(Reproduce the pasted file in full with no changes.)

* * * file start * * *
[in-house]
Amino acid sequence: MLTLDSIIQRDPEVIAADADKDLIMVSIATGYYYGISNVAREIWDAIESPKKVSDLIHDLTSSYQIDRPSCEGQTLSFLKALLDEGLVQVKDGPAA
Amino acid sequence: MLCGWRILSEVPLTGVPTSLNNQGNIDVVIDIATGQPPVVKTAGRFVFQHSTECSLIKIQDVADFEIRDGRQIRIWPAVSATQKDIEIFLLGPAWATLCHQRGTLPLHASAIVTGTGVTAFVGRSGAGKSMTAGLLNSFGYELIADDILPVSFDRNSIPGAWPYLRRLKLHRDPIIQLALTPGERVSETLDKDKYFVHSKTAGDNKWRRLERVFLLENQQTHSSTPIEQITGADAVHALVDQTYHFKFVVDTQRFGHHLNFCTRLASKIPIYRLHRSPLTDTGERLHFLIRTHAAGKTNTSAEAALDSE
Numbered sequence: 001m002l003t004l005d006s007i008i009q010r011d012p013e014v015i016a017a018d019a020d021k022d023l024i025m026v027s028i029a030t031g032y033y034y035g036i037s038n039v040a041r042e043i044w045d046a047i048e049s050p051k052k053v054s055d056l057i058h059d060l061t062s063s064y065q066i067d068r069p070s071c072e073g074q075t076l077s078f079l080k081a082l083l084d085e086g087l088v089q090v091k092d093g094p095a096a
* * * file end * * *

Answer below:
[in-house]
Amino acid sequence: MLTLDSIIQRDPEVIAADADKDLIMVSIATGYYYGISNVAREIWDAIESPKKVSDLIHDLTSSYQIDRPSCEGQTLSFLKALLDEGLVQVKDGPAA
Amino acid sequence: MLCGWRILSEVPLTGVPTSLNNQGNIDVVIDIATGQPPVVKTAGRFVFQHSTECSLIKIQDVADFEIRDGRQIRIWPAVSATQKDIEIFLLGPAWATLCHQRGTLPLHASAIVTGTGVTAFVGRSGAGKSMTAGLLNSFGYELIADDILPVSFDRNSIPGAWPYLRRLKLHRDPIIQLALTPGERVSETLDKDKYFVHSKTAGDNKWRRLERVFLLENQQTHSSTPIEQITGADAVHALVDQTYHFKFVVDTQRFGHHLNFCTRLASKIPIYRLHRSPLTDTGERLHFLIRTHAAGKTNTSAEAALDSE
Numbered sequence: 001m002l003t004l005d006s007i008i009q010r011d012p013e014v015i016a017a018d019a020d021k022d023l024i025m026v027s028i029a030t031g032y033y034y035g036i037s038n039v040a041r042e043i044w045d046a047i048e049s050p051k052k053v054s055d056l057i058h059d060l061t062s063s064y065q066i067d068r069p070s071c072e073g074q075t076l077s078f079l080k081a082l083l084d085e086g087l088v089q090v091k092d093g094p095a096a